When writing your own vows, decide on the tone you want to set. Do you want it to be lighthearted and funny or serious and emotional? Reflect on your relationship and what you love most about your partner. Take note of the value that you share and how they've helped to build your relationship. Make a list of the promises and commitments you want to make (and not make) in your future together. And when you think you have it all written out... let it sit for a few days and then go back and refine it.

Don't forget to practice reading it out loud so you have an understanding for the delivery of your words. And if you don't want your partner to read your vows beforehand, it's never a bad idea for both of you to share your vows with a friend or family member to read through to make sure that they are of similar length.


Are you torn between having a private ceremony and one that includes your guests? DO BOTH! Reading your vows alone together can be extremely powerful. Not only do you eliminate the distraction of eyes on you, but you can also easily reference truly personal topics freely. I know for my own wedding, I was nervous about reading vows in front of a crowd. I felt like my vows would have maybe been a little more personal had I not had an audience listening intently.

Take advantage of the truly private moments you have together on your elopement day. And then, when you're in front of friends and family, pull out the abridged version of your vows (or you can of course choose to re-read your private vows).


Whether it's just the two of you or if you're with a small gathering, there are several traditions that you can include in your elopement day that go beyond exchanging vows and rings and sharing a kiss.

Many ceremonies include readings that either you and your partner or a friend or family member may choose to share. This could be from a favorite book or poem and often with the theme of love, loyalty and togetherness. You can light a candle as a symbol of the spirit of those who cannot be with you on this day. Some couples choose to plant a tree to commemorate their everlasting love while other ceremonies involve a handfasting ritual where the couples hands are bound together with a piece of ribbon to symbolize the joining of two lives.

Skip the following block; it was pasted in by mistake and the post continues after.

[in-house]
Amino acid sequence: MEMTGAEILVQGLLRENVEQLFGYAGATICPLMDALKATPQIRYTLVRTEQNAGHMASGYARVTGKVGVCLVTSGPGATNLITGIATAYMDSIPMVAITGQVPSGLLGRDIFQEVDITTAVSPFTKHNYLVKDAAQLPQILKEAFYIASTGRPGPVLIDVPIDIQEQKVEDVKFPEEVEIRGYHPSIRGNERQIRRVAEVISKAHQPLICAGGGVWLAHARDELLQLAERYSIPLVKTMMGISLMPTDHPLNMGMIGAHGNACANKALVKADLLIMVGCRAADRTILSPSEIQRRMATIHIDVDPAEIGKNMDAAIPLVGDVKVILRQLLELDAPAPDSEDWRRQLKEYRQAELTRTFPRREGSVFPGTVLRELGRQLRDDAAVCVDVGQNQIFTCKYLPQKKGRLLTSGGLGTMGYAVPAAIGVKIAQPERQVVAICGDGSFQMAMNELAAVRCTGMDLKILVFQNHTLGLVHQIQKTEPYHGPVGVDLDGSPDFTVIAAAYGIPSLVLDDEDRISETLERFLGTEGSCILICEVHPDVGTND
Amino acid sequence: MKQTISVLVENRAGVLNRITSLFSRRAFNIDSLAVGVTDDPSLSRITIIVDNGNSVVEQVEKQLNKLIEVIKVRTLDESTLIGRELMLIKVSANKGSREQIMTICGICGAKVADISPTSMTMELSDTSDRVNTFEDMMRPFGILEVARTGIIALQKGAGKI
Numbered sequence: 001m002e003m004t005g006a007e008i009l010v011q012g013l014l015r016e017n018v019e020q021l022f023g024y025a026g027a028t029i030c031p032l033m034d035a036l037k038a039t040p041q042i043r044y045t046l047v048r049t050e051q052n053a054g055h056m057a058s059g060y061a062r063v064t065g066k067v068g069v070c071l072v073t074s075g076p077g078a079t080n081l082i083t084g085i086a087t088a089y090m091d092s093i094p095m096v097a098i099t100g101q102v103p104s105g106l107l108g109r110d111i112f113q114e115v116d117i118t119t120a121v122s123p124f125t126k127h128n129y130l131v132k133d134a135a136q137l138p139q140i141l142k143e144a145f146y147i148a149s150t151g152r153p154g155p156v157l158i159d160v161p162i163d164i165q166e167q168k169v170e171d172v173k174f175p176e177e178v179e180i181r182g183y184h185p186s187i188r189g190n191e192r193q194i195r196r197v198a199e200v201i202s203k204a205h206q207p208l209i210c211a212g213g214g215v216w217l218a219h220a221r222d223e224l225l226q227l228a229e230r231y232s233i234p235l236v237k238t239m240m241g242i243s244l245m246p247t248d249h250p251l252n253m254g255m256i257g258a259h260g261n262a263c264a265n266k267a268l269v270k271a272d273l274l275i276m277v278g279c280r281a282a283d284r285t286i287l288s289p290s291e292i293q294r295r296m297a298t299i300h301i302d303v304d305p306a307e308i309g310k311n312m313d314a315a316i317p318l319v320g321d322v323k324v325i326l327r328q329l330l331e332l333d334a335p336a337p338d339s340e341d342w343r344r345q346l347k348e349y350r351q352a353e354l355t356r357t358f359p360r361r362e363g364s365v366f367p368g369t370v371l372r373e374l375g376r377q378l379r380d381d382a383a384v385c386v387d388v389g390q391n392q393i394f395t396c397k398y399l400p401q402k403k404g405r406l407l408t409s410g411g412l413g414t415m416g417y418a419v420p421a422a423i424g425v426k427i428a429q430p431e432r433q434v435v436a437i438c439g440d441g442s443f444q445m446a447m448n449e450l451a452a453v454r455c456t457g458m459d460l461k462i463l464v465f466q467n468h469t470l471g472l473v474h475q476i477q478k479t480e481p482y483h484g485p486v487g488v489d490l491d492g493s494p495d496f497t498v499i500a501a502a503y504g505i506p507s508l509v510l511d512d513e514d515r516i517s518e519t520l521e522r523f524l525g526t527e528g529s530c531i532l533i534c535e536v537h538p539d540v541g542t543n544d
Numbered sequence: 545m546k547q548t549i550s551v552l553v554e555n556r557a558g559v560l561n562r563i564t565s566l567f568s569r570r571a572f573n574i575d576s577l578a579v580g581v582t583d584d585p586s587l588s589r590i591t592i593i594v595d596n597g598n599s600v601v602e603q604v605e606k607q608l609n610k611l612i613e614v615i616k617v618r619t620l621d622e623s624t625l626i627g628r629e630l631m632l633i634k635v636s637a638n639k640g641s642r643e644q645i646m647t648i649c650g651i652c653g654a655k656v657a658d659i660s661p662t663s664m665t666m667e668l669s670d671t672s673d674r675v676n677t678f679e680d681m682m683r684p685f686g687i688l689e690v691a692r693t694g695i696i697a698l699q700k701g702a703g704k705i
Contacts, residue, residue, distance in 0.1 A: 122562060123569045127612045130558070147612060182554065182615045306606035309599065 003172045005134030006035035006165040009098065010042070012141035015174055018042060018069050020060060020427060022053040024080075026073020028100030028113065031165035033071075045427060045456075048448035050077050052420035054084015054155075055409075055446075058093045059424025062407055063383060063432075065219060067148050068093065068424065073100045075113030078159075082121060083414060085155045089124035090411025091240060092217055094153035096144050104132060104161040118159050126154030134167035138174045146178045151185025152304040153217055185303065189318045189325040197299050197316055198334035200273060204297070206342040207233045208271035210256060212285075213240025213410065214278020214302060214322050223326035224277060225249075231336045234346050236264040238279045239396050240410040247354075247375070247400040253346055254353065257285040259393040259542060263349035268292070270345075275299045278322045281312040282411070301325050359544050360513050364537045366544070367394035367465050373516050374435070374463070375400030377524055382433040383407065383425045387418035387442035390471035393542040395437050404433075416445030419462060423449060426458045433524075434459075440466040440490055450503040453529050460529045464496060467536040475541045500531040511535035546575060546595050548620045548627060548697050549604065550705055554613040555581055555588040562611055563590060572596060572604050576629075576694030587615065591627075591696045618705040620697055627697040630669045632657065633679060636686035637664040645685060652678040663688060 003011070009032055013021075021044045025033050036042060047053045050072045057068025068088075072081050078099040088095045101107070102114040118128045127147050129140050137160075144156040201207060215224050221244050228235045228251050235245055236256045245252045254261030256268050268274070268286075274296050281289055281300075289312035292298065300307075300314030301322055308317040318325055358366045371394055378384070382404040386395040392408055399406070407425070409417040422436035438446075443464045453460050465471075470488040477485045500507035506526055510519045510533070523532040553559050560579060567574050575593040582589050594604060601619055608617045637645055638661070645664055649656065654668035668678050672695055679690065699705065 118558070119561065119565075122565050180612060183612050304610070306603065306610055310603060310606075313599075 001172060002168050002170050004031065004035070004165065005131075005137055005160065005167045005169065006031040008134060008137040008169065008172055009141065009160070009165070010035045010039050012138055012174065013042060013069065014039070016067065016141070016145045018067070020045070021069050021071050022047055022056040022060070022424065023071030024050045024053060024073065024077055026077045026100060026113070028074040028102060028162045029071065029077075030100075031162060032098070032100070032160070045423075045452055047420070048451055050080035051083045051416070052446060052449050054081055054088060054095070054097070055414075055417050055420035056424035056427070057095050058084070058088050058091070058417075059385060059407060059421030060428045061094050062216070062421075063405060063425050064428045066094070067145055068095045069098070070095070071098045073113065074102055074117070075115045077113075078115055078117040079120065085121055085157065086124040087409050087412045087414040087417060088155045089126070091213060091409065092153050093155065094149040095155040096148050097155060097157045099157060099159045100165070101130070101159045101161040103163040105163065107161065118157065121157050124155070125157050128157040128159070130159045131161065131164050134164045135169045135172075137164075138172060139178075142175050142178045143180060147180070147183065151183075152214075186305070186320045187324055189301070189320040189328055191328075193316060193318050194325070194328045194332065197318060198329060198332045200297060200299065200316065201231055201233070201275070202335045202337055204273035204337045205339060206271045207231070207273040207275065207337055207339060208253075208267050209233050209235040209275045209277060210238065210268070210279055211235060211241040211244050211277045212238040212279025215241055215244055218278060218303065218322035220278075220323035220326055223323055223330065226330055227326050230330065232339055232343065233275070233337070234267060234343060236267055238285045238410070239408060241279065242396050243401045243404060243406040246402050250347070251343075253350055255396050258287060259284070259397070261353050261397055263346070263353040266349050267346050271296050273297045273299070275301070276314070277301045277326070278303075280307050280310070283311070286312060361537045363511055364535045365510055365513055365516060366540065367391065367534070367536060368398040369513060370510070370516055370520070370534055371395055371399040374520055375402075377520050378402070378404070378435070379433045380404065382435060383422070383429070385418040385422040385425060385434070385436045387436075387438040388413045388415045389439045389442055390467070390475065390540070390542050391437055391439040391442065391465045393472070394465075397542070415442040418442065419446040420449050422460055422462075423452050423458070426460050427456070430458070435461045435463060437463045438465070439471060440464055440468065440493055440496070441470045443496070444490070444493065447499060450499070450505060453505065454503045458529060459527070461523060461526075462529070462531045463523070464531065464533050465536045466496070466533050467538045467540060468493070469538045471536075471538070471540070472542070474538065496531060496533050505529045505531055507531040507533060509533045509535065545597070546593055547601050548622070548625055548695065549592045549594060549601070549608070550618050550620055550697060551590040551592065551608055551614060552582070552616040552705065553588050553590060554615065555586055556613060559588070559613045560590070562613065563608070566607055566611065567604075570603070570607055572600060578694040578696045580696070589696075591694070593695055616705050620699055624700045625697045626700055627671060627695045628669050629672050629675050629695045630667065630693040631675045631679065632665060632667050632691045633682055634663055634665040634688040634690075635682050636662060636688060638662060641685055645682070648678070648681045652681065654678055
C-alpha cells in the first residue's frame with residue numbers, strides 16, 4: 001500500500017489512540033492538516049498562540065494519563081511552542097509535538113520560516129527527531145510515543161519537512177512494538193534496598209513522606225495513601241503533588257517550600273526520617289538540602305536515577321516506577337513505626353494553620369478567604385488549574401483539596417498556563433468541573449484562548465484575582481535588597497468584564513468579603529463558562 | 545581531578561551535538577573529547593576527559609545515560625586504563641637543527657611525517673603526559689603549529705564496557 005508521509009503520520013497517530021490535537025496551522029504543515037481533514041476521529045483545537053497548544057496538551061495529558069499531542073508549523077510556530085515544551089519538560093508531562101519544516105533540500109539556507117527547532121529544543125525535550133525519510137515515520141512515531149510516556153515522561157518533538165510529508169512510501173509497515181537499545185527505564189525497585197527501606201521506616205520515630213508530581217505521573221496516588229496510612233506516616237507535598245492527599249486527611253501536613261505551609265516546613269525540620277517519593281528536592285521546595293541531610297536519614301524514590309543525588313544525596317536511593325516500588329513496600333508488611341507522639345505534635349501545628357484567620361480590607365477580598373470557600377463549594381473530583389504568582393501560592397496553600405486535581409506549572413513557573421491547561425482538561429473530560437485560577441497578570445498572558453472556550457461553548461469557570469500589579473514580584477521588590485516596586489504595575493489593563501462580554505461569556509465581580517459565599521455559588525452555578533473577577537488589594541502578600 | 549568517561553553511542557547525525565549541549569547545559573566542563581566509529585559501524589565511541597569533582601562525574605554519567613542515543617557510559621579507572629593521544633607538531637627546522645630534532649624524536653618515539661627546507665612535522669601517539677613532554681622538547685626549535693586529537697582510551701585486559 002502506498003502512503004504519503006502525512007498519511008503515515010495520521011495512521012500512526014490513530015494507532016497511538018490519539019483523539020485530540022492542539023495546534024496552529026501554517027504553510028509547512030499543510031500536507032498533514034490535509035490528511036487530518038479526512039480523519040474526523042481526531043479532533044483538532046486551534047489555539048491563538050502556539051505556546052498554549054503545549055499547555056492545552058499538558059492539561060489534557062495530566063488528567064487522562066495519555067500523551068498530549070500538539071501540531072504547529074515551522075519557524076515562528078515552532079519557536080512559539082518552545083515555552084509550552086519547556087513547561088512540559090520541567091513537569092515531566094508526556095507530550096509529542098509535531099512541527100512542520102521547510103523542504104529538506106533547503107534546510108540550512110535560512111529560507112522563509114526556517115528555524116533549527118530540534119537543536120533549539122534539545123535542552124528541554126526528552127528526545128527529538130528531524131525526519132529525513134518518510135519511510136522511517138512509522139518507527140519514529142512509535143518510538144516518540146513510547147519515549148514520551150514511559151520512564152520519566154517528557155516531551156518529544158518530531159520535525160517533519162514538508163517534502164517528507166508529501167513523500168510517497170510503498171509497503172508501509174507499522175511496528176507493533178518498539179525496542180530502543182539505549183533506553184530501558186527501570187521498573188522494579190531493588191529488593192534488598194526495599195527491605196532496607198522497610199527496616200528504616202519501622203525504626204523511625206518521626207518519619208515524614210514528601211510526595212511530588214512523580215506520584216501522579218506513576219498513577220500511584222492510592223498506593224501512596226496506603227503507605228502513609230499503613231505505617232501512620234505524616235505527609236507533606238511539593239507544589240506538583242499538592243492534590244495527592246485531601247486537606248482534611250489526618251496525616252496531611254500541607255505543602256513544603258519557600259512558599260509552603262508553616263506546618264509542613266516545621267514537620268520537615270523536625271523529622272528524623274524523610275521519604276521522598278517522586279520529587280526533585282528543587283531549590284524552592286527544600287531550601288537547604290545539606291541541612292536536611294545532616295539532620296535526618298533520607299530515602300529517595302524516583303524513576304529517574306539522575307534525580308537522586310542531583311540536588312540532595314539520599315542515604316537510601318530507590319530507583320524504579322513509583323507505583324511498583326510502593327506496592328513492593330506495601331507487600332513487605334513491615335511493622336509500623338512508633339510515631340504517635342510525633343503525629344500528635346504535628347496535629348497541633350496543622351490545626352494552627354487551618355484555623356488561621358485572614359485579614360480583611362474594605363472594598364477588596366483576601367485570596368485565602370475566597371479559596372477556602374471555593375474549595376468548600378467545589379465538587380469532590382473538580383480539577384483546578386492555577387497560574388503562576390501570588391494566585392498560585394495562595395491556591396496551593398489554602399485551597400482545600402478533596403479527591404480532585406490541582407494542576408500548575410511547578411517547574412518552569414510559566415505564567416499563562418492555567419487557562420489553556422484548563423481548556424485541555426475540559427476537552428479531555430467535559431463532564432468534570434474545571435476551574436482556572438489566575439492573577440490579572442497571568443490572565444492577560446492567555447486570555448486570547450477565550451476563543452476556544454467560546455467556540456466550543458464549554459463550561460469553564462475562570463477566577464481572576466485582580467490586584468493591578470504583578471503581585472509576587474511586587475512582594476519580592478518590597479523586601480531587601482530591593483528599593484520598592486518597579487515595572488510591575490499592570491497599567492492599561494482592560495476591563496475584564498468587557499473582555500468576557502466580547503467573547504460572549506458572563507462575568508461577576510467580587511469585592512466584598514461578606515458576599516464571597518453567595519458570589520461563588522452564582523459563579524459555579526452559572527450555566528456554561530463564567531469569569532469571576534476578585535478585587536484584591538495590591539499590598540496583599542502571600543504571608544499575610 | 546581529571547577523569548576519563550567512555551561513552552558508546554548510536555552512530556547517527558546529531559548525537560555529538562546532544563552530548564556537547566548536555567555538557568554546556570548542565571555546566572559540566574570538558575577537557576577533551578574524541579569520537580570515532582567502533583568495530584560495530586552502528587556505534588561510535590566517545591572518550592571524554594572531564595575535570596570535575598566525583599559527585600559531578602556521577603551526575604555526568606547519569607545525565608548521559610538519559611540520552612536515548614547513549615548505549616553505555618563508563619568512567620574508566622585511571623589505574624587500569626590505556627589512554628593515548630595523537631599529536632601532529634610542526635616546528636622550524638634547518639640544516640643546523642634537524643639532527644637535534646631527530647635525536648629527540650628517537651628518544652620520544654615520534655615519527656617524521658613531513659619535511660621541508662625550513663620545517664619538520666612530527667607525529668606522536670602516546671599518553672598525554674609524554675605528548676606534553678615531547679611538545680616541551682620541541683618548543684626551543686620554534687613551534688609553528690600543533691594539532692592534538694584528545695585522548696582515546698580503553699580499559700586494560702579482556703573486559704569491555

You've said your vows and sealed them with a big wet kiss, now what? With no aisle to walk down, and perhaps no crowd of cheering friends and family, many couples are unsure of what to do after their ceremony.

I always prep my couples for this moment and suggest a great big hug followed by a moment to let it soak in. Turn towards the view as you hold each other close, take a short walk together, let each moment from your ceremony really solidify in your memory. Maybe you take a few moments after your ceremony to FaceTime friends or family. Why not celebrate by popping some champagne?! And when you're ready, we'll move on to the next part of day.


When it comes to planning your elopement ceremony, the golden rule is to keep it simple. Remember that the beauty of an elopement ceremony is in its simplicity so that you can focus on the love and commitment you have for each other.

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me, Kate Seymour

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Adventure Elopements + Intimate Weddings

vermont, new england and the wild west